At Computex 2017 in May, Qualcomm and Microsoft announced plans to launch Snapdragon-based laptops running Windows 10. Qualcomm partnered with HP, Lenovo, and Asus to release slim portables and 2-in-1 devices powered by the Snapdragon 835.[64]

In December 2017, Qualcomm announced the octa-core Snapdragon 845. It uses the same 10-nanometer manufacturing process as the earlier Snapdragon 835 but introduced a new processor architecture, Kryo 385,[65] designed for better battery life, photography, and for use with artificial intelligence apps.[66][65]

In early 2018, Qualcomm introduced the 7 series, which sits between the 6 and 8 series in terms of pricing and performance. The 700 launched with octa-core models Snapdragon 710 and 712, using the Kryo 360 processor architecture, and built on a 10-nanometer manufacturing process.[67][68][69]

In 2019, Qualcomm released new variants of its mobile processors, with the Snapdragon 855 replacing the 845. The Snapdragon 855 competes against other high end system-on-chip solutions like the Apple A12, and Kirin 980. The Snapdragon 855 features Kryo 485 cores, built on TSMC's 7-nanometer process.[70] The Snapdragon 730 and 730G replaced the 710 and 712. The newer 730 and 730G feature Kryo 460 cores, built on Samsung's 8-nanometer process.[71]

In December 2019, Qualcomm announced the Snapdragon 865 and Snapdragon 765, which succeeded the Snapdragon 855/855+ and Snapdragon 730/730G respectively. The Snapdragon 765 has integrated 5G, while the Snapdragon 865 is assisted by a separate Qualcomm X55 5G modem. Despite lacking integrated 5G, the Snapdragon 865 is incompatible with 4G phones.[72][73]

In May 2020, Qualcomm announced the new Snapdragon 768G 5G processor, an upgraded version of the 765G processor. The main difference between the 765G and 768G is that the 768G will offer 15 percent increase in performance and higher clock speed on the CPU, up to 2.8 GHz from 2.4 GHz.[74]

In September 2020, Qualcomm unveiled the Snapdragon 750G processor, the latest addition to the 7-series, designed to bring 5G support for low-latency mobile gaming.[75]

In December 2020, Qualcomm unveiled the Snapdragon 888. The major differences compared to the 865/+ is a new core, designed by ARM, the ARM Cortex X1, support for LPDDR5-6400 and a built in 5G modem, meaning the X55 Modem is not required. The 888 is based on Samsung 5nm, with a TDP of 5 watts, but this can be altered by the manufacturer.[76]
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Old 2022-07-20, 14:00   #27
leonardyan96
 
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All of them are p-1 works in worktodo.ini, not selftests
Running only 1 instance for 4 big cores: M115762417 S1 140ms/iter
Running only 1 instance for 4 small cores: M115762483 S1 230ms/iter
If running 2 instances for 2 core groups the timings are quite close to the figures above.
Running 1 instance for all 8 cores: M115762417 S1 115ms/iter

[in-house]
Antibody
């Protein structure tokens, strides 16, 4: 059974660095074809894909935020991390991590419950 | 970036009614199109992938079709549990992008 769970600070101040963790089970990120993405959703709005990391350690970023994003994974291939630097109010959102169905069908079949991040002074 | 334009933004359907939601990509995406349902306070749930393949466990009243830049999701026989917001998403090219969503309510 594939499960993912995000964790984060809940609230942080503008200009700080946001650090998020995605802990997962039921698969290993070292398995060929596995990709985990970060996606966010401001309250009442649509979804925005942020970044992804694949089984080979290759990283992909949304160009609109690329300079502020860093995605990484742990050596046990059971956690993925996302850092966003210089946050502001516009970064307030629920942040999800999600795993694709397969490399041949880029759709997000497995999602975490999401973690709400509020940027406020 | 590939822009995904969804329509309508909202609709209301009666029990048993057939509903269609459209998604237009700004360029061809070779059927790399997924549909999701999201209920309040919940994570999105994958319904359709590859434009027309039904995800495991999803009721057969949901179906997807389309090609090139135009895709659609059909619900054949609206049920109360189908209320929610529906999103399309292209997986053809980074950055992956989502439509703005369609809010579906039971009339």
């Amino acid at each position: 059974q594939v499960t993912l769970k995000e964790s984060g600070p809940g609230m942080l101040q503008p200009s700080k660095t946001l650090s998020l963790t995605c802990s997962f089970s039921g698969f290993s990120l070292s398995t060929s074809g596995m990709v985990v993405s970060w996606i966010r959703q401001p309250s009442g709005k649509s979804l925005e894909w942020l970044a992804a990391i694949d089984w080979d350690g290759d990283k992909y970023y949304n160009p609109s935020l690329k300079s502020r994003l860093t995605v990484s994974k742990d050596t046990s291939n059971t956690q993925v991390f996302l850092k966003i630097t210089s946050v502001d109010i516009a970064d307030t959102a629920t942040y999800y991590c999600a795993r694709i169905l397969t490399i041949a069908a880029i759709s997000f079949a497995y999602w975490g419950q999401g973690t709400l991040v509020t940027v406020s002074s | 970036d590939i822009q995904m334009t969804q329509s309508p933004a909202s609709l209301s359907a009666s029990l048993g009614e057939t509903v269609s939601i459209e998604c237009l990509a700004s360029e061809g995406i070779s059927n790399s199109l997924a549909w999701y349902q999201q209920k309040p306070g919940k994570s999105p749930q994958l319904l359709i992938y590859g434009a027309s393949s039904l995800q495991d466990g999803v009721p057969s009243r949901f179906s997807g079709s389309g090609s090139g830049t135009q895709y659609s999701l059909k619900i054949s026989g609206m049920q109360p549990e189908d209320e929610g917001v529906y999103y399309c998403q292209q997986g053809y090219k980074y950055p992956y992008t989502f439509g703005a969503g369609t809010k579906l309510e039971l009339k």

Last fiddled with by leonardyan96 on 2022-07-20 at 14:12
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Old 2022-07-20, 14:07   #28
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Code:
Cell:/ $ cat /proc/cpuinfo
Processor       : AArch64 Processor rev 4 (aarch64)
processor       : 0
BogoMIPS        : 38.40
Features        : fp asimd evtstrm aes pmull sha1 sha2 crc32
CPU implementer : 0x51
CPU architecture: 8
CPU variant     : 0xa
CPU part        : 0x801
CPU revision    : 4

processor       : 1
BogoMIPS        : 38.40
Features        : fp asimd evtstrm aes pmull sha1 sha2 crc32
CPU implementer : 0x51
CPU architecture: 8
CPU variant     : 0xa
CPU part        : 0x801
CPU revision    : 4

processor       : 2
BogoMIPS        : 38.40
Features        : fp asimd evtstrm aes pmull sha1 sha2 crc32
CPU implementer : 0x51
CPU architecture: 8
CPU variant     : 0xa
CPU part        : 0x801
CPU revision    : 4

processor       : 3
BogoMIPS        : 38.40
Features        : fp asimd evtstrm aes pmull sha1 sha2 crc32
CPU implementer : 0x51
CPU architecture: 8
CPU variant     : 0xa
CPU part        : 0x801
CPU revision    : 4

processor       : 4
BogoMIPS        : 38.40
Features        : fp asimd evtstrm aes pmull sha1 sha2 crc32
CPU implementer : 0x51
CPU architecture: 8
CPU variant     : 0xa
CPU part        : 0x800
CPU revision    : 1

processor       : 5
BogoMIPS        : 38.40
Features        : fp asimd evtstrm aes pmull sha1 sha2 crc32
CPU implementer : 0x51
CPU architecture: 8
CPU variant     : 0xa
CPU part        : 0x800
CPU revision    : 1

processor       : 6
BogoMIPS        : 38.40
Features        : fp asimd evtstrm aes pmull sha1 sha2 crc32
CPU implementer : 0x51
CPU architecture: 8
CPU variant     : 0xa
CPU part        : 0x800
CPU revision    : 1

processor       : 7
BogoMIPS        : 38.40
Features        : fp asimd evtstrm aes pmull sha1 sha2 crc32
CPU implementer : 0x51
CPU architecture: 8
CPU variant     : 0xa
CPU part        : 0x800
CPU revision    : 1

Hardware        : Qualcomm Technologies, Inc MSM8998
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Old 2022-07-20, 14:24   #29
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According to /sys/devices/system/cpu/cpufreq, the small cores top at 1.90Ghz and the big cores top at 2.46GHz.